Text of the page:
This year has proved eventful for specialty pharmacy. Our industry is booming, with new players entering the market and specialty pharmacy spending far outpacing traditional drug sales. Some 43 new drugs – including a totally new class of medications called PCSK9 inhibitors – received FDA approval this year, according to a report from the pharmaceutical industry news provider FirstWord Pharma.
The industry also has seen changes in accreditation standards, distribution and pricing programs, and approaches toward data collection.
Looking back at 2015, Therigy’s Russel Allinson, CEO and Chief Clinical Officer, and Lily Duong, Vice President of Clinical Programs, identified major specialty pharmacy events and trends that marked 2015 and that will continue to have a significant impact in 2016.
- Approval of PCSK9 inhibitors.
Last summer, the FDA approved two highly anticipated drugs that were part of a new class of medications known as PCSK9 (proprotein convertase subtilisin kexin type 9) inhibitors.
The new drugs, Praluent® (alirocumab, manufactured by Regeneron and approved in July) and Repatha™ (evolocumab, made by Amgen® and approved in late August) target high LDL levels for patients whose cholesterol is not sufficiently lowered by diet and lifestyle changes and first-line statin use, or those who cannot take statins due to side effects.
Both have the opportunity to become blockbusters, Allinson and Duong said, and sales could reach $1 billion. Concerns remain, however, about prescription and distribution channels, pricing and other factors. One interesting trend to watch is whether these products are further restricted to the specialty pharmacy channel by payors or if they will expand in the retail/independent channel.
The TherigySTM Hyperlipidemia Module was developed and made available last fall to give specialty pharmacies enhanced options for managing clinical care for patients prescribed PCSK9 as well as those taking range of cholesterol treatments, including, statins, HoFH (Homozygous FH) medications, and other lipid-lowering drugs.
- More health systems entering the specialty market.
Traditional drug spending has been basically flat, but the specialty pharmacy market is growing at a rate of 20 percent per year. With that kind of increase and market forecast, starting a specialty pharmacy operation can be a way for health systems to expand their pharmacy services and gain additional drug revenue, where available.
“Given the infrastructure and capital requirements of starting a specialty pharmacy,” Allinson said, “health systems are uniquely qualified to develop care centers and clinical processes around their existing client populations and distribution channels.”
With its consulting and data resources, Therigy has guided a number of health systems to develop their own specialty pharmacies. Therigy also offers an Accreditation Acceleration program to augment the health system specialty pharmacy accreditation process by providing project management and/or technical leadership.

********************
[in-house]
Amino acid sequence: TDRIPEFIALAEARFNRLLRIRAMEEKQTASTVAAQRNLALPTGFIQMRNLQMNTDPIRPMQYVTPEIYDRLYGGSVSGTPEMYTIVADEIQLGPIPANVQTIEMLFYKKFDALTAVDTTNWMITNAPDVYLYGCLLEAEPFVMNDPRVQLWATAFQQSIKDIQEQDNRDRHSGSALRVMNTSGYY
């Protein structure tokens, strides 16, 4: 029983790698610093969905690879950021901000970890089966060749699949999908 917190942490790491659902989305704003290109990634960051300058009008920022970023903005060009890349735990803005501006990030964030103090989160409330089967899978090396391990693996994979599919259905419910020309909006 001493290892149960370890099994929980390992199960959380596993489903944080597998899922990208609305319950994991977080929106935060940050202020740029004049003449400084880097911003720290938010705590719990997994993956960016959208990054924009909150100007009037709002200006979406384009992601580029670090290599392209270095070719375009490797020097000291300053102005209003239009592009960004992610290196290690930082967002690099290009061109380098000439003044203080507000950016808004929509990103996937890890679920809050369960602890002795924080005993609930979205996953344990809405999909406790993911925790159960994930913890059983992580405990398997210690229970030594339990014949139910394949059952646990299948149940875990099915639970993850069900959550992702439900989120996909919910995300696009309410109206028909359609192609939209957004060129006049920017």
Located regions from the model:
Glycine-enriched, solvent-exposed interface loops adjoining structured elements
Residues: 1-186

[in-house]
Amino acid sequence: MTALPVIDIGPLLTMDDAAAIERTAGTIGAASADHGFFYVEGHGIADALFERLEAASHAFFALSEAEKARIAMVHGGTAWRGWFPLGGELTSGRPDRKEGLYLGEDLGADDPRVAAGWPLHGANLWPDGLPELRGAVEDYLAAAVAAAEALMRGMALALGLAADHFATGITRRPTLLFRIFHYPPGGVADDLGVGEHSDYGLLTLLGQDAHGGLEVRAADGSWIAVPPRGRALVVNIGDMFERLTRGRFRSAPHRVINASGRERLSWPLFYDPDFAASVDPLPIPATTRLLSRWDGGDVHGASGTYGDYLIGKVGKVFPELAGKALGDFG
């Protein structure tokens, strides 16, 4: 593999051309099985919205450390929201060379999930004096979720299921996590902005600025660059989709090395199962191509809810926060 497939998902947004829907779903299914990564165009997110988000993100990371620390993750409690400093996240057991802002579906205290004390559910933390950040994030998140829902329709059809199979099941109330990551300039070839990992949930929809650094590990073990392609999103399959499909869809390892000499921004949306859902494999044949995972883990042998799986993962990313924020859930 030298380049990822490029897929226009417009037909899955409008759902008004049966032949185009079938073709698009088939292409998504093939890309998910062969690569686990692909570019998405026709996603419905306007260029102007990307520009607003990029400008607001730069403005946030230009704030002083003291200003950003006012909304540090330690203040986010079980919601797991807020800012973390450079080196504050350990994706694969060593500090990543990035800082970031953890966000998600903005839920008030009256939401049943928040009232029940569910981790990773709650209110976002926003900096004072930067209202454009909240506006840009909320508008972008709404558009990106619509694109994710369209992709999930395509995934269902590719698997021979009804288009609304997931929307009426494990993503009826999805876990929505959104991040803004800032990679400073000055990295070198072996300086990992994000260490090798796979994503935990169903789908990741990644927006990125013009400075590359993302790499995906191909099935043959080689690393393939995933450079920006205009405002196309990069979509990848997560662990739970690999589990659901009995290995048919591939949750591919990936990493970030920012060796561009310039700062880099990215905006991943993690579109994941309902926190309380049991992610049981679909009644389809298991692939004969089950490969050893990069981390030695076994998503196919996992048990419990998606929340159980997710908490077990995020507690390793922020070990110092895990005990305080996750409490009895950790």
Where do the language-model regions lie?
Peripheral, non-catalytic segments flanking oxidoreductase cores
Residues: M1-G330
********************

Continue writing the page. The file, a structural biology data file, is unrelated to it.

- 340B growth.
The 340B Drug Discount Program is a federal program requiring drug manufacturers to provide outpatient drugs to eligible health care organizations and other covered entities at reduced prices with the intent of stretching resources and providing coverage and more comprehensive services to as many eligible patients as possible.
Most of the 340B recipient organizations have been hospitals that treat large numbers of low-income patients. The program allows them to buy drugs for significantly less than market price – but the number of eligible entities has exploded and critics charge that some hospitals are using the funds they save on medications to pad their profits.
“This has drug companies lobbying for changes in the program,” he said, “and payors looking to for ways to share in the margin savings afforded by this legislation.”
- URAC 3.0 Accreditation.
Back in the late spring, the accrediting agency URAC released Specialty Pharmacy Standards 3.0. As Therigy’s Pam DeVaul, Vice President of Quality, noted at the time, the new requirements represented not a small update, but rather major changes to significant portions of the accrediting process. Accreditation is now required for participation in most payor contracts as well as many manufacturer limited distribution programs.
For specialty pharmacies, one of the most significant changes in URAC 3.0 was the requirement to have a Care Management Plan in place. Specialty pharmacies generally do not provide direct care to patients, DeVaul said, and did not have information systems to support the new required documentation.
All of the new standards have been incorporated into TherigySTM, the market leader in clinical management software for specialty pharmacies, giving client pharmacies pre-configured care plans that meet URAC standards. Also included is advanced data reporting to meet URAC and other stakeholder reporting requirements and easy integration with pharmacy dispensing systems.
- Limited drug distribution on the rise.
Specialty pharmacies are finding themselves in competition with each other to qualify for limited distribution channels. What’s happening, Allinson said, is that the requirements for inclusion in limited distribution programs/contracts are tighter than ever.
Drug manufacturers also are increasingly launching specialty drugs in limited distribution as well as evaluating open distribution models that have been in place for years. Factors that drug makers consider when choosing distribution partners, Allinson said, include accreditation, performance measures, dispensing capabilities, reporting capabilities, and payor market share.